Unanticipated barriers

Unanticipated barriers included a lack of consistent data collection processes among DSME sites and participant retention. DSME programs were asked to enter participant information into the data collection system regularly, but this was not consistently done. Some program staff members said they lacked the resources (people or time) for data entry. Because the coalition could not assist with data entry and staff members did not understand the significance of gaps in data collection, the problem remained unsolved. Motivation to collect data was further decreased once sites received ADA recognition.

Participant retention posed a challenge partly as a result of environmental factors associated with rural health settings. The coalition’s intent was to establish DSME programs in underserved areas of high diabetes prevalence where DSME programs would not have been available otherwise. However, the participation rate fell to 34% at the 6-month visit and 20% at the end-of-year visit. Some, but not all, program staff members reminded participants of their impending visits by postcard or telephone call.

Evaluation results and lessons learned

The ADPCP hired an epidemiologist during fall 2002 after the program had formally begun. The epidemiologist engaged key stakeholders and DSME program staff in spring 2003 to plan and implement a program evaluation. Although integrating evaluation early in the program planning process can be very helpful, this is often not done for fear that evaluation will be seen as punitive, exclusionary, and adversarial (10). This was true in the present study. There was also no logic model developed by the coalition, although process measures were put in place to capture program implementation at each site. Information gleaned from these measures will be used to shape future DSME programs and to develop a DSME program logic model that may foster a clearer understanding of the barriers faced by these programs in rural Arkansas and their relationship to program outcomes.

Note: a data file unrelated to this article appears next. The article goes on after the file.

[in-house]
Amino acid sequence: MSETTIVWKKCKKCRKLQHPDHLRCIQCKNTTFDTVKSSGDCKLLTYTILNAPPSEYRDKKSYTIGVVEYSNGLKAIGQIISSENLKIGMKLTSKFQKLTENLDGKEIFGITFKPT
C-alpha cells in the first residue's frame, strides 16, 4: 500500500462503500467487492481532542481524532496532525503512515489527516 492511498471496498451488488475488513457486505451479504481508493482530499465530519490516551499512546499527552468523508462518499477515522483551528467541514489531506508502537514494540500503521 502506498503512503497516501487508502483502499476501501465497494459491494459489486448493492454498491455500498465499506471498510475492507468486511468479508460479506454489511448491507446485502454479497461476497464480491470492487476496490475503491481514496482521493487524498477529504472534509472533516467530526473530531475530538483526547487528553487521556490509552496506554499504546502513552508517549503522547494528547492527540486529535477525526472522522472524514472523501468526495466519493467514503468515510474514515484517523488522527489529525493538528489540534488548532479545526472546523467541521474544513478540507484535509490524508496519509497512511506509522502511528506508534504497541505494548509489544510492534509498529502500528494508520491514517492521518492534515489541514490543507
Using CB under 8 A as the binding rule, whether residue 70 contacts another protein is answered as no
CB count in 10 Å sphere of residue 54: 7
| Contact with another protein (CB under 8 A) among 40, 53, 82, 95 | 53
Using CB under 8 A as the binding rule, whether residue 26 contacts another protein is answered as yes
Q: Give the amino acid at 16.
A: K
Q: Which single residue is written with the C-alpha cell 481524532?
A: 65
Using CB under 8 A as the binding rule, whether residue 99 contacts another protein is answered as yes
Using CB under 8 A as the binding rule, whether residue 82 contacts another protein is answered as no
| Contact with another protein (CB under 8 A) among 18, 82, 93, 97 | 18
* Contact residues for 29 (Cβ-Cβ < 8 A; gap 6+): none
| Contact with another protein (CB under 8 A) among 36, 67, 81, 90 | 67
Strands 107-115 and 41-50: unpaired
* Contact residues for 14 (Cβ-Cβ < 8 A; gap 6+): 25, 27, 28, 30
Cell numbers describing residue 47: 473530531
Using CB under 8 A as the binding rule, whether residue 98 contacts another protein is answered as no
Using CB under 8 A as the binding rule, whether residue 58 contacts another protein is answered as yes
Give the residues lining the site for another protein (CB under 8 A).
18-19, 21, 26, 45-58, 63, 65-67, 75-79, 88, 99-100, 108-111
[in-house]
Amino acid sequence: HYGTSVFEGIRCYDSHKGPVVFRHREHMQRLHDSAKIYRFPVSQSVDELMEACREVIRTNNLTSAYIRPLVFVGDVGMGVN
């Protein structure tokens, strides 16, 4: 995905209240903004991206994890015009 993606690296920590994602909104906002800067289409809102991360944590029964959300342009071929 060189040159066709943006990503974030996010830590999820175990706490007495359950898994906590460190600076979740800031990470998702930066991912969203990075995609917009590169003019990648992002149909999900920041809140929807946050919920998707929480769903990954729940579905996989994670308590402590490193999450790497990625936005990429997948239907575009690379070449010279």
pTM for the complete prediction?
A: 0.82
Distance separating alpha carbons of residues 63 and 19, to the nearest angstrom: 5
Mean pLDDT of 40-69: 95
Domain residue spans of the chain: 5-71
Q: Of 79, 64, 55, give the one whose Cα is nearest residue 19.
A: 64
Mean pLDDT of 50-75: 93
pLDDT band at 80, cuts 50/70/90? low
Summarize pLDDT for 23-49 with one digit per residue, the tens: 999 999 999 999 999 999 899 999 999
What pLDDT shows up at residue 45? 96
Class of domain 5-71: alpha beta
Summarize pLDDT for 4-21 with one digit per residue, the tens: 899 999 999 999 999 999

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Progress toward program goals and objectives

Key evaluation issues chosen to assess DSME program outcomes included whether 1) the coalition was able to establish 12 DSME programs in rural underserved counties in Arkansas, 2) the DSME program fostered progress toward achieving the Healthy People 2010 target to provide diabetes education to 60% of people with diabetes, and 3) the DSME program fostered preventive care practices.

The coalition met its goal of establishing the 12 DSME programs in underserved counties. Figure 1 shows the location of pre-existing and newly established DSME programs. Of the 12 DSME programs, 11 met the minimum participation and 6-month follow-up requirements and obtained ADA recognition. By the 6-month follow-up, DSME programs were required to have 1) a minimum of 20 patients enrolled and 2) a continuous quality improvement (CQI) measure for patients. All 12 DSME programs collected HbA1c results as a CQI measure for ADA recognition. One DSME program did not obtain ADA recognition during the time frame because it had fewer than 20 patients enrolled in the program. One DSME program staff member became a certified diabetes educator, and two staff members from other DSME programs are preparing to take the certification examination.

The number of people receiving diabetes education in Arkansas more than doubled from February 2003 to March 2004. This increase highlights success in addressing diabetes education among the most hard-to-reach populations in the state. Although recruitment efforts for the DSME program had some success, the lack of a unified effort to retain participants, along with reimbursement-related barriers, may have contributed to high rates of attrition.